Tennessee Education Association

Great Public Schools for All Students


Despite pressure from TEA and legislators, the state slow-walks changes to portfolio system

Kindergarten teachers spoke and the Tennessee General Assembly listened. It appears it will take longer than expected for the state department of education to act. 

As a result of powerful TEA member testimony demanding relief from the troubled early learning portfolio system in April, the Tennessee legislature unanimously passed a bill allowing school districts to use alternate measures of student growth that have been approved by the State Board of Education. 

Signed into law by Gov. Bill Lee before the legislature adjourned for the summer, HB 91/SB 442 ensured that teachers are held harmless for the 2018-19 school year and called for “a portfolio review committee” comprised of three pre-k or kindergarten teachers (one from each of the grand divisions of the state), four legislators, one representative of the Tennessee Organization of School Superintendents, one representative of the Tennessee School Boards Association, as well as the state education commissioner or a designee.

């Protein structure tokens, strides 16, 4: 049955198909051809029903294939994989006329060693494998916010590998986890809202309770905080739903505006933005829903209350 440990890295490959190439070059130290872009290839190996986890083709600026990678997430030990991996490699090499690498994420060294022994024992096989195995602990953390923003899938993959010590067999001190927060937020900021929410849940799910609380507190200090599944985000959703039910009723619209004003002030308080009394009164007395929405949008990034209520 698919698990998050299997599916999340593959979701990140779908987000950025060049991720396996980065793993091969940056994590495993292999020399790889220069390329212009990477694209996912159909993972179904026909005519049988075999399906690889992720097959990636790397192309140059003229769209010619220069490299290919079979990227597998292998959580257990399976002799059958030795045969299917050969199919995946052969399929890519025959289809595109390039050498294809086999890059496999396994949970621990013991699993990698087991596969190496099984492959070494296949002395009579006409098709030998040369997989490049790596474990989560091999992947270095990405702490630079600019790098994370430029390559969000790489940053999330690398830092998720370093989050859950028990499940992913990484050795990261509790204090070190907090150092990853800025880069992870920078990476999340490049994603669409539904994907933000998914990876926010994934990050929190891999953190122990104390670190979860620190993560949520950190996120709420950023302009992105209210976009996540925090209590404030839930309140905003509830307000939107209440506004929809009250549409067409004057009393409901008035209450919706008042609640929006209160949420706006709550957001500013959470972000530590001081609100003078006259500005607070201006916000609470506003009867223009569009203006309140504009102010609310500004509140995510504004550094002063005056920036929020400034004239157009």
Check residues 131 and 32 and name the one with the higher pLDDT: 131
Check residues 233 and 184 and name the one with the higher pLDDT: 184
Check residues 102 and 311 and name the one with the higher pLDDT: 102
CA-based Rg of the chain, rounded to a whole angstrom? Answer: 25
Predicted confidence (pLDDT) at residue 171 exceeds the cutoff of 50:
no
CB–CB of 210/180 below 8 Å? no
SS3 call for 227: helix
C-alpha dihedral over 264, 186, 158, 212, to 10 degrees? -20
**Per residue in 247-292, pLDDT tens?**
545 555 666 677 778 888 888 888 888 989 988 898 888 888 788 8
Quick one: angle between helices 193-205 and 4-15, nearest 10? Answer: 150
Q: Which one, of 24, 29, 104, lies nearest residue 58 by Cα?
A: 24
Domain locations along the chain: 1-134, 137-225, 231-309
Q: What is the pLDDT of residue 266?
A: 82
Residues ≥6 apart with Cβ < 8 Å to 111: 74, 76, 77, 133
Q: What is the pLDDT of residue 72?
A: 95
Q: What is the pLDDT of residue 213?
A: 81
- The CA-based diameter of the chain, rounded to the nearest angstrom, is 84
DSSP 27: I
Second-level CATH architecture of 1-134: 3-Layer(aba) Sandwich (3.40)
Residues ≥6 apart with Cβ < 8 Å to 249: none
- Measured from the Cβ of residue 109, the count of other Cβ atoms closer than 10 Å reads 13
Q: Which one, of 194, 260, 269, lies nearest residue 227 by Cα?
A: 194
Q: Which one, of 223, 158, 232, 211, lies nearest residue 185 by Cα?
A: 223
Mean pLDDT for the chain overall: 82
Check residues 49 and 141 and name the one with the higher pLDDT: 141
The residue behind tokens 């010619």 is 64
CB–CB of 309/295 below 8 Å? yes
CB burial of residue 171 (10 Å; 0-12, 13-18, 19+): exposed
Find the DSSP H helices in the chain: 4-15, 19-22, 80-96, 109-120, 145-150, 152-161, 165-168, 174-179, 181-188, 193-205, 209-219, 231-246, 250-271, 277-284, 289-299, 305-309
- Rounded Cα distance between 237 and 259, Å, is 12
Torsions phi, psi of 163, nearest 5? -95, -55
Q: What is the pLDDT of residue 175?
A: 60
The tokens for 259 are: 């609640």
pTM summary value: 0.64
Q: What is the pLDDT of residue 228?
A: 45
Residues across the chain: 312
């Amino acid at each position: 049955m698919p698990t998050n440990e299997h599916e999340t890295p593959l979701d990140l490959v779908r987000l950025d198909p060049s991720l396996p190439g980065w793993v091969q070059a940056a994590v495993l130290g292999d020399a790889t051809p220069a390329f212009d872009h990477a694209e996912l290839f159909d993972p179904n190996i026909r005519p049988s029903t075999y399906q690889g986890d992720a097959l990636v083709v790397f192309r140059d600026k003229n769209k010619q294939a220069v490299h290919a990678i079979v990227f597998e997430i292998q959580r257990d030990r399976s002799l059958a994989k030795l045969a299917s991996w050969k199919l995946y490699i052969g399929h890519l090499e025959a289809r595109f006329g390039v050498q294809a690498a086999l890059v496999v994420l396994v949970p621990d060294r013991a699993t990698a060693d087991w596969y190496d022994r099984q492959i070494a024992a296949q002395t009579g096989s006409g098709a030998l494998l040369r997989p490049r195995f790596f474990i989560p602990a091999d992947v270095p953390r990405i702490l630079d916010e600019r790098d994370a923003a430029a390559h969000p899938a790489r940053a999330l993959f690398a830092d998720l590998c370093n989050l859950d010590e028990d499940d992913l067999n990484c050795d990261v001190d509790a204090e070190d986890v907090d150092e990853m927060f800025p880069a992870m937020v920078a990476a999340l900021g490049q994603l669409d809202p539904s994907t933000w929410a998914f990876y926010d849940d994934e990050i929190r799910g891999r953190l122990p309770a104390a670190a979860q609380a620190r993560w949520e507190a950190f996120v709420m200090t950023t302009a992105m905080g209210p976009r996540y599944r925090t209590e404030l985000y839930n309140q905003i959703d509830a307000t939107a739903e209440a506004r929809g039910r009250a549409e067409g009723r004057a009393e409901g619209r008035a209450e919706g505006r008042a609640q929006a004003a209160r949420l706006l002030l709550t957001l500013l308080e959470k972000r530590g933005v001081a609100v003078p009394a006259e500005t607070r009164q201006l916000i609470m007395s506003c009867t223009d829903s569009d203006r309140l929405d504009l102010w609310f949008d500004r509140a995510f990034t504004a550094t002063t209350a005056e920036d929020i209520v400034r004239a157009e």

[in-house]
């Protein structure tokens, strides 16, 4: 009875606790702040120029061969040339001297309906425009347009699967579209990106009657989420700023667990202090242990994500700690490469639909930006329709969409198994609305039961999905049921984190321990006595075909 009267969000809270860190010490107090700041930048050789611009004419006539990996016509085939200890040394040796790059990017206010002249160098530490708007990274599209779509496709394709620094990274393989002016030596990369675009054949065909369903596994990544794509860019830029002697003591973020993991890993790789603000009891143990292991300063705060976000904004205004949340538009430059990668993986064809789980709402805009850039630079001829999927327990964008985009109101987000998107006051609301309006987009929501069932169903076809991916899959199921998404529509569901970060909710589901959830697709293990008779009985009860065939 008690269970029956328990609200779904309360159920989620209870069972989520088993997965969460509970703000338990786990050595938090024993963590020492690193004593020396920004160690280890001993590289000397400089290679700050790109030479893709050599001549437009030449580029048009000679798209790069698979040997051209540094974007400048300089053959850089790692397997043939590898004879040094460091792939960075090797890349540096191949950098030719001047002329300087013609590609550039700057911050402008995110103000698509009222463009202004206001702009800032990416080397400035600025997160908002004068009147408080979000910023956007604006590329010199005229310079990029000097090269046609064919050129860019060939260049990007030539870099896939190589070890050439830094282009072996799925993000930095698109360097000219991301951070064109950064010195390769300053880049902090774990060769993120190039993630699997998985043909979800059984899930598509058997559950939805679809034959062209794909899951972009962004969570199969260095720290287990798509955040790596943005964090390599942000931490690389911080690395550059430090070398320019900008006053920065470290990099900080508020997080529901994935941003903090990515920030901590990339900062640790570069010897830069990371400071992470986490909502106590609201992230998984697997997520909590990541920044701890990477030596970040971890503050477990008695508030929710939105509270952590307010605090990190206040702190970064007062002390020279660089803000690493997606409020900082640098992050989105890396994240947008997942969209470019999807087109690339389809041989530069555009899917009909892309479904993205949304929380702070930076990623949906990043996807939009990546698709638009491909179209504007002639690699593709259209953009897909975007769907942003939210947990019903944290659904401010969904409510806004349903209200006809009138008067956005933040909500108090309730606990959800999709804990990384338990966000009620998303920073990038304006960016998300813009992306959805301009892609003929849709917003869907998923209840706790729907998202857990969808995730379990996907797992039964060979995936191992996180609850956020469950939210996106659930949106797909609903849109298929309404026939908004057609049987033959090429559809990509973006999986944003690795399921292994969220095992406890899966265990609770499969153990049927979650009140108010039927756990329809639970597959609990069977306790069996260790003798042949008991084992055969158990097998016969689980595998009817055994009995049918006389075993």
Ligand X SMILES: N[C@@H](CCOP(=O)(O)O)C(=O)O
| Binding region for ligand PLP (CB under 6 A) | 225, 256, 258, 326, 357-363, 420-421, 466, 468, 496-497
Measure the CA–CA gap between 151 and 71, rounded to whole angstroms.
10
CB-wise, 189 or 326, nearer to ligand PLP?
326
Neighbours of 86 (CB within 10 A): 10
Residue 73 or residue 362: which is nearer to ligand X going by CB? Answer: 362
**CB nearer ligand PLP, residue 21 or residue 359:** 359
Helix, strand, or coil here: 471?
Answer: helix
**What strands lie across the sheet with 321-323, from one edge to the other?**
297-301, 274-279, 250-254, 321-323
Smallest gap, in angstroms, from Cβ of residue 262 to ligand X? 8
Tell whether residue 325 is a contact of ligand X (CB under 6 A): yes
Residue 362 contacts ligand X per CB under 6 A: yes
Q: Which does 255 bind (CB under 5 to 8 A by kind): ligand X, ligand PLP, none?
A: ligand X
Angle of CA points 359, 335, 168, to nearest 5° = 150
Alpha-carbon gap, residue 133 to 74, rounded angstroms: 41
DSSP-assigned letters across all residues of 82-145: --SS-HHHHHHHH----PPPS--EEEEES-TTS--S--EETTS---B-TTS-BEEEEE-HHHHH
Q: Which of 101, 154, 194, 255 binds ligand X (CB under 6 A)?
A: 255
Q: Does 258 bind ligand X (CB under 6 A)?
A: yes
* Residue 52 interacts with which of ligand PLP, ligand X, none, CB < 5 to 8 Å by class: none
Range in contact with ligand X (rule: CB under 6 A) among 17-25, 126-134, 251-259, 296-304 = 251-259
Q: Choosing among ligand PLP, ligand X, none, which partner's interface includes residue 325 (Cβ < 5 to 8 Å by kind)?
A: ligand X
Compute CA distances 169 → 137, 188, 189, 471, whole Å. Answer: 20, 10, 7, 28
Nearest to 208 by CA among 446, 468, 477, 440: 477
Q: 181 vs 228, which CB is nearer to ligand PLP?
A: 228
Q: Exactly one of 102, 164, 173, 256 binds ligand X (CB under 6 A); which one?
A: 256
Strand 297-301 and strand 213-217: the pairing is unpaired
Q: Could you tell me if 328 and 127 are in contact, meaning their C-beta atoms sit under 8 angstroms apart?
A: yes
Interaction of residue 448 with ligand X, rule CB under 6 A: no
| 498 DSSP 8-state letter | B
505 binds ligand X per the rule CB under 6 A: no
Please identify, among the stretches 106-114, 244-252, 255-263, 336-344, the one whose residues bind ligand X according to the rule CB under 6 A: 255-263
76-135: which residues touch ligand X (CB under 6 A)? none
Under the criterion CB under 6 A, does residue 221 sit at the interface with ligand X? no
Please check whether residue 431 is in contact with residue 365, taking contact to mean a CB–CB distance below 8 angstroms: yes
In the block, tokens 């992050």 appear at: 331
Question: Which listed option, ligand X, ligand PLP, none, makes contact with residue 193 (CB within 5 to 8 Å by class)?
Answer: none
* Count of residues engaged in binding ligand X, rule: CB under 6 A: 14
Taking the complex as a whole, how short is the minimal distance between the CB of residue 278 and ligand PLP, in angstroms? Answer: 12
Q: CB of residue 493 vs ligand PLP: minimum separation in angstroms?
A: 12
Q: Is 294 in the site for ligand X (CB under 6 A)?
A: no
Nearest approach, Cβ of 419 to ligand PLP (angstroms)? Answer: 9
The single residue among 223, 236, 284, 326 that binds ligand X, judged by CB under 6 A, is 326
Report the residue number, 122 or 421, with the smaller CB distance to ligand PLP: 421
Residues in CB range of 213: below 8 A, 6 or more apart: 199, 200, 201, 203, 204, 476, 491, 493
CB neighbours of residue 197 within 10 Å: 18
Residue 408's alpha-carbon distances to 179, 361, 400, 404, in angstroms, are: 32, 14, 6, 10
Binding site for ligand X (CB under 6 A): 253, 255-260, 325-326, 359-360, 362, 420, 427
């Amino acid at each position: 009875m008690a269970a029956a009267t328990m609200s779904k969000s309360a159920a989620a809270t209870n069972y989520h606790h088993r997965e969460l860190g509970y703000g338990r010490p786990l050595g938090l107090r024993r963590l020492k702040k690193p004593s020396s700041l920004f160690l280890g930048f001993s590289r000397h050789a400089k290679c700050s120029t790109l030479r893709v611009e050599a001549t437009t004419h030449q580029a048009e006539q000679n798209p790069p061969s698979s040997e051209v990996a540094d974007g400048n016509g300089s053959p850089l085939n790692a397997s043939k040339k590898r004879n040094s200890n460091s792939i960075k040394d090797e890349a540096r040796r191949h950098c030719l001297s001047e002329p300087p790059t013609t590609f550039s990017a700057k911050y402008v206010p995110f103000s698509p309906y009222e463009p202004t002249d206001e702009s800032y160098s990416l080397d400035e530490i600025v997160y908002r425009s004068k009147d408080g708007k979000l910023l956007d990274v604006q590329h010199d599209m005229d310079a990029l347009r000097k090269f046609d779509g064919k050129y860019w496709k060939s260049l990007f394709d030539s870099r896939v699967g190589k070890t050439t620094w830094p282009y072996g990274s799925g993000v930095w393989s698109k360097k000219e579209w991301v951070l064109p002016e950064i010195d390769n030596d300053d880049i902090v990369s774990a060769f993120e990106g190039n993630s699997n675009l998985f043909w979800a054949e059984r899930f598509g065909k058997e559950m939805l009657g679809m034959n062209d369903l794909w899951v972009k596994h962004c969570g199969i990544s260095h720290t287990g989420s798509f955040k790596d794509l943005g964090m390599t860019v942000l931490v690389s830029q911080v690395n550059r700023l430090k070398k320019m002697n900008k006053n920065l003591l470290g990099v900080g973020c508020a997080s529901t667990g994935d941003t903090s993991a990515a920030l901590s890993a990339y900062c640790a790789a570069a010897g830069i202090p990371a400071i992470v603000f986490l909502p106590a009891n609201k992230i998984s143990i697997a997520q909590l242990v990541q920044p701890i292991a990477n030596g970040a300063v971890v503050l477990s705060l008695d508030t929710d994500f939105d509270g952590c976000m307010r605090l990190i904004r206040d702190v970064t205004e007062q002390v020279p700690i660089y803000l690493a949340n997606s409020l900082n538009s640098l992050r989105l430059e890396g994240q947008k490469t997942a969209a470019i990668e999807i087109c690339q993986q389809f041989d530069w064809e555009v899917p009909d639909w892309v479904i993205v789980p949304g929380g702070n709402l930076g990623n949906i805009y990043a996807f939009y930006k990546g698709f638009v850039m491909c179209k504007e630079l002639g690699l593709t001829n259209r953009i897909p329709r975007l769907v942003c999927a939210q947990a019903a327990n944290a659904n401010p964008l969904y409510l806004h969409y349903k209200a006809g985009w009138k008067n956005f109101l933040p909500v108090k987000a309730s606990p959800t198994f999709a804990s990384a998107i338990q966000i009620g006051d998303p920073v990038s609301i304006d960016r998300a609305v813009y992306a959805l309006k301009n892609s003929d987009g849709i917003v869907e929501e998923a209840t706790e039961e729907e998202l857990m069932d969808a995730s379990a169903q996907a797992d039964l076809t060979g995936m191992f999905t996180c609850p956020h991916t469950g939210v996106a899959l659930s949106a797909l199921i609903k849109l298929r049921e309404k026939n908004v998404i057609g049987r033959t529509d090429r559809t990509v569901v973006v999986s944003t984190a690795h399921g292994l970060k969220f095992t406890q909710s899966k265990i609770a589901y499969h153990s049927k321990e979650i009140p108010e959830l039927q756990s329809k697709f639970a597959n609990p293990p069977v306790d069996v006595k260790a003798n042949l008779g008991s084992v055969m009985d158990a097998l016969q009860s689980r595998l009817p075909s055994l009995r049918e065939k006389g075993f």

The new law required the committee to review the pre-k/kindergarten growth portfolio model process, identify expectations for the model and areas of improvement, and make recommendations including “ways to streamline the growth portfolio model rubrics and processes” and  “improve the functionality of the growth portfolio platform.”

The portfolio committee was assembled and met July 23, but it did not include any of the outspoken critics of the portfolio system. The meeting was not publicized, and no notice of the meeting was published on the General Assembly’s calendar of events – an unusual deviation from the legislature’s standard practice of publishing meeting calendars in advance. 

The committee developed nine recommendations, which include ensuring that “the technology platform provides teachers an easy-to-use and error-free environment” to submit student work, reducing the peer reviewer pool, simplifying the scoring rubrics, ensuring there is a grievance process, and reducing the number of collections teachers are required to submit. 

“The portfolio review committee recommended developing alternative growth options to be available by 2020-21,” said TEA President Beth Brown. “Based on the testimony we heard in the General Assembly in the spring and the overwhelming response to the TEA portfolio survey, Tennessee students and teachers cannot afford to wait this long.”

Brown recalled that when the portfolio system was rolled out, teachers immediately identified problems and inconsistencies. When the State Department of Education did not offer a fix, it was teachers who made sure the legislature knew about the mounting issues – and passed a law to address them.

“We urge all kindergarten and pre-k teachers in Tennessee to notify us of the issues with the portfolio system during the current school year,” Brown said. 

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